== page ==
Correction! The acceptable difference in tread depth is only 0.040 inch, that is, one twenty-fifth of an inch. (I forgot to use radius instead of diameter.)

Unless you only travel in a straight line, the front wheels will always travel further than the rear ones. The center differential is designed to take care of that. For that reason, it would be OK to only have both the rear tires the same, and both the front tires the same diameter (degree of wear). In other words, you don’t need 4 new tires all at once. I would have the front tires with the most tread, since they do most of the braking. Consult your manual anyway, but don’t listen to tire salesmen. Since you have so many flats, it would be folly to keep buying 4 tires at the same time. When you buy 2 new tires, keep the good one of the pair you replaced. At some stage you will enough extra tires to be able to mix and match to get 2 equal ones on the front and two equal ones on the back. I do recommend you stick to the same basic tread pattern and rubber compound. Do not mix ice radials with all season radials, for instance, since their traction and braking performance differs greatly.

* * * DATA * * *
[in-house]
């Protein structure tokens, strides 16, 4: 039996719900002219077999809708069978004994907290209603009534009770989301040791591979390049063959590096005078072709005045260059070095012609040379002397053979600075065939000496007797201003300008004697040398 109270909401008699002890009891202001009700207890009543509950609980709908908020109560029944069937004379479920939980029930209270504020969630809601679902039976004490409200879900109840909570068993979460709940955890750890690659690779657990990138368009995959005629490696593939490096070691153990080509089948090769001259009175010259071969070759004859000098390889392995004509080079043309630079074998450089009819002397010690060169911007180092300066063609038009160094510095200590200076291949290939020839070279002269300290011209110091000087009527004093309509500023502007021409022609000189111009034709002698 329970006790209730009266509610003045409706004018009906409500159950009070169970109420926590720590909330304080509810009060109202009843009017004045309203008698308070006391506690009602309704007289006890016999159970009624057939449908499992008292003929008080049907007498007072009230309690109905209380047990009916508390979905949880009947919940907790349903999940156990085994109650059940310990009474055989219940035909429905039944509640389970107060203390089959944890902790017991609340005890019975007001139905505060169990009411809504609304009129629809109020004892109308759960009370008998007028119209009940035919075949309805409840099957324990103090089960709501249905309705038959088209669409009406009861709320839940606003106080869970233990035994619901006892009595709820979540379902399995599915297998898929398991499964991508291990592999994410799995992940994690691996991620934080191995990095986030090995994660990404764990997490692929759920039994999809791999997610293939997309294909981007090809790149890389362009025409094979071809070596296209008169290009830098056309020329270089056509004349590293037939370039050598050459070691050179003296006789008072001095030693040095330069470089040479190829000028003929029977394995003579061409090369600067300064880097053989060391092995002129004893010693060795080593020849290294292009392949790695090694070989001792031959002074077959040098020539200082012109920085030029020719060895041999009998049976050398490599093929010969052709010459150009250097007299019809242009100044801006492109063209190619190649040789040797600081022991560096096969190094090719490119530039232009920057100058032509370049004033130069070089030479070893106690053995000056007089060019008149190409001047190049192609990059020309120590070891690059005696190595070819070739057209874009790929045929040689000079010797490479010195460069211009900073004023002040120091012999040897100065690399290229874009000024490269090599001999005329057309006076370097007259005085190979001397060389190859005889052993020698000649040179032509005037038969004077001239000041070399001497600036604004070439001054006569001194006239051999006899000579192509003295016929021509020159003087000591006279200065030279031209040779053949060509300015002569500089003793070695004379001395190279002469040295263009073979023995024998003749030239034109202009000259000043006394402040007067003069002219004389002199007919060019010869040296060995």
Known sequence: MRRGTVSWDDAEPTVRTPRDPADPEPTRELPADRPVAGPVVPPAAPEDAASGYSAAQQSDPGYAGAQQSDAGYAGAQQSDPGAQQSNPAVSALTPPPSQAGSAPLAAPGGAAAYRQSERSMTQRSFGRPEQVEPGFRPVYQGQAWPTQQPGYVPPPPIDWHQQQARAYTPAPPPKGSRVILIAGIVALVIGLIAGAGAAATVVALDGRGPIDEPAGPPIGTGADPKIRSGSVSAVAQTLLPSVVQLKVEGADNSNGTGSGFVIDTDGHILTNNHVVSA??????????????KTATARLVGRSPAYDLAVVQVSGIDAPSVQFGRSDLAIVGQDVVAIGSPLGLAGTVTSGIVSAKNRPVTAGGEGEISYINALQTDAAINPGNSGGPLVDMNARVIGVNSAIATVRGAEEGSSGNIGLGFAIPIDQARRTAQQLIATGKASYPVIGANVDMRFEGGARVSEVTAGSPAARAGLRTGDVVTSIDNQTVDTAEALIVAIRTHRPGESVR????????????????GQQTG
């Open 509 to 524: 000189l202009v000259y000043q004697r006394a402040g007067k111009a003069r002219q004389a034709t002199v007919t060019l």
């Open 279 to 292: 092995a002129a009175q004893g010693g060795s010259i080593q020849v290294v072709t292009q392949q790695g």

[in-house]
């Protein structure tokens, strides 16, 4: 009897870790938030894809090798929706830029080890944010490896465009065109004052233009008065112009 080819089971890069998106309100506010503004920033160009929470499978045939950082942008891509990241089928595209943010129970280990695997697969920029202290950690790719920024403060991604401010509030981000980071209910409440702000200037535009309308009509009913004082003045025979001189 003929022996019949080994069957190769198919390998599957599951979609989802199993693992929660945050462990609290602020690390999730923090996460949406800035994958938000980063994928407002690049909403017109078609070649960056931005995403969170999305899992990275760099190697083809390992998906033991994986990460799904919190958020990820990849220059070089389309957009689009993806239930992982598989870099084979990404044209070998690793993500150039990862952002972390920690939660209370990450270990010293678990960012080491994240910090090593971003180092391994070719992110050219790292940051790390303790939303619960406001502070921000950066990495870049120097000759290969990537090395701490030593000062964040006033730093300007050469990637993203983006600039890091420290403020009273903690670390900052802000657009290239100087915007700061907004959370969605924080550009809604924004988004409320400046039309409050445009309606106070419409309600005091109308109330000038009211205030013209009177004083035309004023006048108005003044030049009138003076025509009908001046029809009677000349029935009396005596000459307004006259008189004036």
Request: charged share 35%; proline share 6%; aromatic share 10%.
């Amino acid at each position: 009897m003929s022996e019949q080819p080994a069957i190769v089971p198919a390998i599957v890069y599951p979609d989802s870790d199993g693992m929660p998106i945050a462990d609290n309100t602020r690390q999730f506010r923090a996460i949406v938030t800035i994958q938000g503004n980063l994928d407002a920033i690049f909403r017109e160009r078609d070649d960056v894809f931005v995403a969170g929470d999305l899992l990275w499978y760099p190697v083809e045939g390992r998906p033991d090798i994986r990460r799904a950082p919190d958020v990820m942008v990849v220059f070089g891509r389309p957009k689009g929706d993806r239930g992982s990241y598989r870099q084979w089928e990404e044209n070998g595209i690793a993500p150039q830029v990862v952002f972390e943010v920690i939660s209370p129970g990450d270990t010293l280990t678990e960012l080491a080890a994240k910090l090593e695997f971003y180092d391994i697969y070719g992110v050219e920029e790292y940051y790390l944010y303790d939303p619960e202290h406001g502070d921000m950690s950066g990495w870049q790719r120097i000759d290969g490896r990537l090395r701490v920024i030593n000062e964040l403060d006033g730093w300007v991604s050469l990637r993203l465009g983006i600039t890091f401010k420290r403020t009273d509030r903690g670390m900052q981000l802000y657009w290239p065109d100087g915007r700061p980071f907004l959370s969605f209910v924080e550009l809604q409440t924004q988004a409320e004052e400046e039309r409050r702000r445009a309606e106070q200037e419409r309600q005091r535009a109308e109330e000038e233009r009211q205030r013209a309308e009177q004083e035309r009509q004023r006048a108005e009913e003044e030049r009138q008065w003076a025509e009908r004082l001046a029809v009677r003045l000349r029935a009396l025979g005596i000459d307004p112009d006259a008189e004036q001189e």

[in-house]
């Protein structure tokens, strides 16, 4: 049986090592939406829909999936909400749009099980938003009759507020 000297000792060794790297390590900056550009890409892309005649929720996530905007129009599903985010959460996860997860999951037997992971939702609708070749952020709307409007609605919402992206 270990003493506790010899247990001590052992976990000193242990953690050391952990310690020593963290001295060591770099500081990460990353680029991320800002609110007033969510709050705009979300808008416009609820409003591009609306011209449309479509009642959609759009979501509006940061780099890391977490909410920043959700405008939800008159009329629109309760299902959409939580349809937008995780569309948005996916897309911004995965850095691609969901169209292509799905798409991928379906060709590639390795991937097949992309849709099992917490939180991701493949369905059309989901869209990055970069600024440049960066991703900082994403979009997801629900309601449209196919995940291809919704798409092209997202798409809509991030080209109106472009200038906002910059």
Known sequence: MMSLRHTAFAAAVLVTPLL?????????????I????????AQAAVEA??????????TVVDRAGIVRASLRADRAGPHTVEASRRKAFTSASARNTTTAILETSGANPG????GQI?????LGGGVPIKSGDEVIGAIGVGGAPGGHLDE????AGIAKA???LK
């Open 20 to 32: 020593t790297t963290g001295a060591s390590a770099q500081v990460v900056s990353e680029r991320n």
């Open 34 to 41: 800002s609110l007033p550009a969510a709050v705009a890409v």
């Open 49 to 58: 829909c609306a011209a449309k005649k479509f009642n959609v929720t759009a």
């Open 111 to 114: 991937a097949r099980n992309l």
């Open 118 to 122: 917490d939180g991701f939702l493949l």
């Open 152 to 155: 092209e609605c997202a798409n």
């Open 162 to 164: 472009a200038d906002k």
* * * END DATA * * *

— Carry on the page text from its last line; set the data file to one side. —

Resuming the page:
Does all of this hold true for non AWD vehicles? Can you replace just one tire on a regular front wheel drive car and not have a problem. A difference in tread of 0.040 seems really really small. I love my little Ruby Sue, but tires aren’t cheap.

No problem with front wheel drive or rear wheel drive.

I think it might help if you told us how many miles you have on your tires, and whether it was a front or back tire that had the flat.

Agree; the difference in diameters is so small that the differential does not need to work very hard. If you live in a city, the differential is working all day long making all these turns. A city taxi can go 1,000,000 miles without replacing its differential.